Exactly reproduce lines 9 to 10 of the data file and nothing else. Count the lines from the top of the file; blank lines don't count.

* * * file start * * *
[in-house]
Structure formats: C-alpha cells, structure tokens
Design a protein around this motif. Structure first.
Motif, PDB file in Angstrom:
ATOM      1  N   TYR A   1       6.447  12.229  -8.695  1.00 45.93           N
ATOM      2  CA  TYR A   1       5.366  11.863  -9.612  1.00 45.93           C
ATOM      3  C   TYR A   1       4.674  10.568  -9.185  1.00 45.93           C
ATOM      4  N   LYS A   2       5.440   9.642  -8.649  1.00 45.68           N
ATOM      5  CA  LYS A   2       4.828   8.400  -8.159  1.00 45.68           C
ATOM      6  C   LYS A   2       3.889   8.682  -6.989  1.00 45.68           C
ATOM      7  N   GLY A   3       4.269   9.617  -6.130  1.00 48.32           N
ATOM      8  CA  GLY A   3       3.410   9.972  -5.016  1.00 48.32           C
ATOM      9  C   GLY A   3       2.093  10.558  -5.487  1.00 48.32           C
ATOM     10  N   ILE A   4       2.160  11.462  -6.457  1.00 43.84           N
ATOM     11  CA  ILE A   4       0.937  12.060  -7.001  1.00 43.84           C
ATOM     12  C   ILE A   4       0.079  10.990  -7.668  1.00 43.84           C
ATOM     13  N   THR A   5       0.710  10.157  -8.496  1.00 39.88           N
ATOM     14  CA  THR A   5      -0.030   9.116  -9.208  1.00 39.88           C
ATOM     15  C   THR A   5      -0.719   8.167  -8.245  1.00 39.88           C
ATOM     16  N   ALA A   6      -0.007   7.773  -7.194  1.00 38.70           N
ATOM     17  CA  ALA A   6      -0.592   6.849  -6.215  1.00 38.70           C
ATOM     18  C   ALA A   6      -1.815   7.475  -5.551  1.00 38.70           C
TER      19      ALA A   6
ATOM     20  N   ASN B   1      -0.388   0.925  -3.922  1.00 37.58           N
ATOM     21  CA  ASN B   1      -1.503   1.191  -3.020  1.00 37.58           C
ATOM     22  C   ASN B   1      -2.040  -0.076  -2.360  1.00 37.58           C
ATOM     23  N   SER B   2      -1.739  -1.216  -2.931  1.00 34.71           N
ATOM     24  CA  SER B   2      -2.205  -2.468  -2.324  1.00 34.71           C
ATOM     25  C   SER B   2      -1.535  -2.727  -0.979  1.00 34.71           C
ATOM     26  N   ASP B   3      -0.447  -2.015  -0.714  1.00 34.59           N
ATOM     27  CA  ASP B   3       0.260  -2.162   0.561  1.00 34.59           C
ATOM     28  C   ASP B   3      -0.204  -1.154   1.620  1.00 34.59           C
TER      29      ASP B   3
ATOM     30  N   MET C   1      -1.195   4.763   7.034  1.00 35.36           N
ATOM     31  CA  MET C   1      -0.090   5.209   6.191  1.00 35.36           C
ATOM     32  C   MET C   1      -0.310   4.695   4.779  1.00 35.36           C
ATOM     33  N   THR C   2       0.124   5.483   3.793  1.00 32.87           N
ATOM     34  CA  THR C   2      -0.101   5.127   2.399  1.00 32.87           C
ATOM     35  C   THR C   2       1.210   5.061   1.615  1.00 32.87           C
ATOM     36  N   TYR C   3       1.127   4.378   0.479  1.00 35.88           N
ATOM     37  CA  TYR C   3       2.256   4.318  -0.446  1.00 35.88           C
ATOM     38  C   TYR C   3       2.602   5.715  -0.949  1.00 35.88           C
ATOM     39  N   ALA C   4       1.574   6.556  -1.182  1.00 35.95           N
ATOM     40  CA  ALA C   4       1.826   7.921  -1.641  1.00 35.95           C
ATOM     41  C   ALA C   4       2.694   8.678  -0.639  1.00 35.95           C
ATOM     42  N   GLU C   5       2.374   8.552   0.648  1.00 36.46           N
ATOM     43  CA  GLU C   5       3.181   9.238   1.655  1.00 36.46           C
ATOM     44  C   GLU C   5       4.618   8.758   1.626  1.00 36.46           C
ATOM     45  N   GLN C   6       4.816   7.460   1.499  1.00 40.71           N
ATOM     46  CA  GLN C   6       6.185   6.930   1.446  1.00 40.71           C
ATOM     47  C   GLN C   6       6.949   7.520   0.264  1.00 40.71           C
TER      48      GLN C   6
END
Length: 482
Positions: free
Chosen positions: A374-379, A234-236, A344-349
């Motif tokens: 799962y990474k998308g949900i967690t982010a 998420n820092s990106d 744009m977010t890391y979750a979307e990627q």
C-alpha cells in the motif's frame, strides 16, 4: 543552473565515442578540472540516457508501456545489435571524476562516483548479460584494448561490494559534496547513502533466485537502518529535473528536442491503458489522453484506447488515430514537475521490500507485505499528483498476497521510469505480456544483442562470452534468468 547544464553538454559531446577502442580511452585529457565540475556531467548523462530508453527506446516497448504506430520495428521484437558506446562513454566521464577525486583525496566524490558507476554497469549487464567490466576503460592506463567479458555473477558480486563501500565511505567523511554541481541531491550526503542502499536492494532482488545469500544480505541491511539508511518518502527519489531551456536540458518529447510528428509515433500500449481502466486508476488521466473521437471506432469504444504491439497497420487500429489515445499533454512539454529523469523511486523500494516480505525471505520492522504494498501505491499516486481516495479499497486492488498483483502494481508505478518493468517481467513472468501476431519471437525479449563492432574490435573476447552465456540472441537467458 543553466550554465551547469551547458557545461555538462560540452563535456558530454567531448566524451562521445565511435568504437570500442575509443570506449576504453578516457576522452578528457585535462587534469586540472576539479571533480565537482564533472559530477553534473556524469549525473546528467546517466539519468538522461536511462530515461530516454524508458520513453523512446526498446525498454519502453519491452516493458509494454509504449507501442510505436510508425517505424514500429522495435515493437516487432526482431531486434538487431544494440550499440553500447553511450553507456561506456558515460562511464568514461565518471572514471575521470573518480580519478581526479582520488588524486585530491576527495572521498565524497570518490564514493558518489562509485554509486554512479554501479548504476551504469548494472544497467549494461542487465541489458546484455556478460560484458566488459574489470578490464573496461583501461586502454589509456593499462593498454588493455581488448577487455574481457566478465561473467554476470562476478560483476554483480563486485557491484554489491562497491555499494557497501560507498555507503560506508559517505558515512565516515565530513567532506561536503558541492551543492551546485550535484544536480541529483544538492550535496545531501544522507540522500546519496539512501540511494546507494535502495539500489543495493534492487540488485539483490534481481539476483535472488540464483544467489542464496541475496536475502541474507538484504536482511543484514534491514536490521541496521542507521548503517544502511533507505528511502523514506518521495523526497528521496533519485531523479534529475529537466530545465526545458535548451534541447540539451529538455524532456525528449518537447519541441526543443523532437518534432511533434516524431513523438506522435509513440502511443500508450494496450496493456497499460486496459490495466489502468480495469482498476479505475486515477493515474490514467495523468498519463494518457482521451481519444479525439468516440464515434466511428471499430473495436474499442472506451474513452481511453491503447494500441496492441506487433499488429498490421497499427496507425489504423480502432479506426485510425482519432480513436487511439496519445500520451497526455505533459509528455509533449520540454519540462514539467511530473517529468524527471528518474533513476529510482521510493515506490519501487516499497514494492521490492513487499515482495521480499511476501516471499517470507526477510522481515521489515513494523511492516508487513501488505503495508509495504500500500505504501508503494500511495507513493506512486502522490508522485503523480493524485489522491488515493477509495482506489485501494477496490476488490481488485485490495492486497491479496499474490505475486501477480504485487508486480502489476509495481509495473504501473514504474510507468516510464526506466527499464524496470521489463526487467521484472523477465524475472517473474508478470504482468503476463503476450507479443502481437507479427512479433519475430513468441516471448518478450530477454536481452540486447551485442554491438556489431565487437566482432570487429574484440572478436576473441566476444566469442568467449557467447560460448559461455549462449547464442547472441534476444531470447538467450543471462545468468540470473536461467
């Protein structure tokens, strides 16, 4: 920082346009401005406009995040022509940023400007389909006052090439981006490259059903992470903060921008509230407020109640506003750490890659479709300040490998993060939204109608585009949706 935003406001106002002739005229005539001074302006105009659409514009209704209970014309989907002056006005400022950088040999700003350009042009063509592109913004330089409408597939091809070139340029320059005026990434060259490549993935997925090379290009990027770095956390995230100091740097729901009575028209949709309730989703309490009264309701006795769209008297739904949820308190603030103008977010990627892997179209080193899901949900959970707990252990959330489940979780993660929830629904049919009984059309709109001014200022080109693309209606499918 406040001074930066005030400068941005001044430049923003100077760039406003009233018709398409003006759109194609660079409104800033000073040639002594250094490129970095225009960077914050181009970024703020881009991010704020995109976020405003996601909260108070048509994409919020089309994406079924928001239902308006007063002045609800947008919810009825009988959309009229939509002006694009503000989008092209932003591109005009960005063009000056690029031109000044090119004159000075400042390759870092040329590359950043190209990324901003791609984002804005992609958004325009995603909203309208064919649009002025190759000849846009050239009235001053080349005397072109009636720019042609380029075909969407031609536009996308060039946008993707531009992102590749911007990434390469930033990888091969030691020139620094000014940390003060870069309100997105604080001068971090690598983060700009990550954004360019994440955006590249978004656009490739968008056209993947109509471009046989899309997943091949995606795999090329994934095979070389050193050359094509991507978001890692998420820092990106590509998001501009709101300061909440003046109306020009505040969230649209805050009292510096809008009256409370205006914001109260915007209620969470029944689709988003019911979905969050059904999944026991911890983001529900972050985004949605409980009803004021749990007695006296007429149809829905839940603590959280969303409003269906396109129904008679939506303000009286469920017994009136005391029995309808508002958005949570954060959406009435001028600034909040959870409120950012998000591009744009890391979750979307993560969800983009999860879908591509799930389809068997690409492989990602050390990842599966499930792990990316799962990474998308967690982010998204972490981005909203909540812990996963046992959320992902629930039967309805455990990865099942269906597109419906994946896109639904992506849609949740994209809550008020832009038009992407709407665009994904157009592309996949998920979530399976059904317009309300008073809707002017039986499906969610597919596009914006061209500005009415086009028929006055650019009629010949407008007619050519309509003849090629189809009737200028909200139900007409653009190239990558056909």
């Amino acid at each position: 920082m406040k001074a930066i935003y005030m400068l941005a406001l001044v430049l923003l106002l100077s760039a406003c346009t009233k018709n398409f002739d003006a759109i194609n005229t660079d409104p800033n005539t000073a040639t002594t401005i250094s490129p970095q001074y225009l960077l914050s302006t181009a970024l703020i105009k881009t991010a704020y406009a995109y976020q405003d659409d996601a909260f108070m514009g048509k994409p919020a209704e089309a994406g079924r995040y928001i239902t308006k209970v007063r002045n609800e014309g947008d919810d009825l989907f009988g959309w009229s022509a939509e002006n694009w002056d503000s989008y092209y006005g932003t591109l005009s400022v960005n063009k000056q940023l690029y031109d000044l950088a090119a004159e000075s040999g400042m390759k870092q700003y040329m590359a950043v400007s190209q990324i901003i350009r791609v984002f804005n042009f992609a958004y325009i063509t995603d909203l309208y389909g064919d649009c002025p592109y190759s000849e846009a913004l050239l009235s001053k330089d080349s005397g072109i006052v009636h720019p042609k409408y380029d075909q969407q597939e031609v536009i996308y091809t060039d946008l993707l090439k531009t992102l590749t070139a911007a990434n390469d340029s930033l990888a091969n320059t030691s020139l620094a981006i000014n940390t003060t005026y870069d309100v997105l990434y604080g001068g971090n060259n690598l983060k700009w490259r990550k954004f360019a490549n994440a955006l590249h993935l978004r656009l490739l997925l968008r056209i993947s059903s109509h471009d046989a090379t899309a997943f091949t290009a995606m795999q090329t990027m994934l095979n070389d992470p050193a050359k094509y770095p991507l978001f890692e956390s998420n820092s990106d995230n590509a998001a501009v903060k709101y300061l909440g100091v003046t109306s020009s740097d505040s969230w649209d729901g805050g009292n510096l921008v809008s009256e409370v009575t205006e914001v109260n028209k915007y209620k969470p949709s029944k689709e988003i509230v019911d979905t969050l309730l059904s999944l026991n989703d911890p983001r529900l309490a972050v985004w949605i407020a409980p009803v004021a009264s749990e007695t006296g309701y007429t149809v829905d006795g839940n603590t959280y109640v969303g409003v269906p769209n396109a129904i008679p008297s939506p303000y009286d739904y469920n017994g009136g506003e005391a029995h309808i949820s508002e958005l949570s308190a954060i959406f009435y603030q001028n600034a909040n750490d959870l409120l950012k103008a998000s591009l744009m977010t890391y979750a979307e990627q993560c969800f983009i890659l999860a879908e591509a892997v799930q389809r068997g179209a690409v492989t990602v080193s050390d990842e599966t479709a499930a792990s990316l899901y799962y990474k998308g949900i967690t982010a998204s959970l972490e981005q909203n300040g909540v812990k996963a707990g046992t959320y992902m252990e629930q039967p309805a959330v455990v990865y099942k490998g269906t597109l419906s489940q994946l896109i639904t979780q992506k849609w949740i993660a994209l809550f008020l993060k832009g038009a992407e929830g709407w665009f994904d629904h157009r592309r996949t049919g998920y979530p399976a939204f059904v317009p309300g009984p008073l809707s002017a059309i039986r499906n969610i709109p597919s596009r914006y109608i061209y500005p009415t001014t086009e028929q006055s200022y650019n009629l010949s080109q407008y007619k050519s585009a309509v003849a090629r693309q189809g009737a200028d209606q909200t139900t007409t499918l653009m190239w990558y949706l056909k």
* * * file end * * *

ATOM      5  CA  LYS A   2       4.828   8.400  -8.159  1.00 45.68           C
ATOM      6  C   LYS A   2       3.889   8.682  -6.989  1.00 45.68           C